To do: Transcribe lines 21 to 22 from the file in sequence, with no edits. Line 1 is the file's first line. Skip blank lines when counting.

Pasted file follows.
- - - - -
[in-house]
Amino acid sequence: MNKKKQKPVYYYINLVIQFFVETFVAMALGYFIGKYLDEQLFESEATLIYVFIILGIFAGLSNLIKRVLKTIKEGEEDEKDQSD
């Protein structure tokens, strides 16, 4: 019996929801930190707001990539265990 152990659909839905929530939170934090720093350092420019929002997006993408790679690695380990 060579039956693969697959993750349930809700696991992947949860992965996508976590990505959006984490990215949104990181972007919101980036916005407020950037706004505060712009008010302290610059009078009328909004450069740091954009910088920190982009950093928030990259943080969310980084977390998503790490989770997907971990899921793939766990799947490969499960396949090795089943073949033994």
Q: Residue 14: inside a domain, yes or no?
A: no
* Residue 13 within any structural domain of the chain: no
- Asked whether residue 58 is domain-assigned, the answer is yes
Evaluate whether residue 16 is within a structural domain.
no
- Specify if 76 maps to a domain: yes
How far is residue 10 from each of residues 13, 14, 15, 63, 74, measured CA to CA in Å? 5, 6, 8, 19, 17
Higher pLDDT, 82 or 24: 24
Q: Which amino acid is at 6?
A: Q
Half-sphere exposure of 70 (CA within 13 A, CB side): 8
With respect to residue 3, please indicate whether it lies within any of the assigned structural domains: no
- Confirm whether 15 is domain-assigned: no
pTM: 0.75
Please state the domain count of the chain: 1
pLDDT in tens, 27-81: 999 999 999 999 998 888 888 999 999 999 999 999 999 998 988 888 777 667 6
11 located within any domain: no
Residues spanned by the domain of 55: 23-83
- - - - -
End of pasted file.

11 located within any domain: no
Residues spanned by the domain of 55: 23-83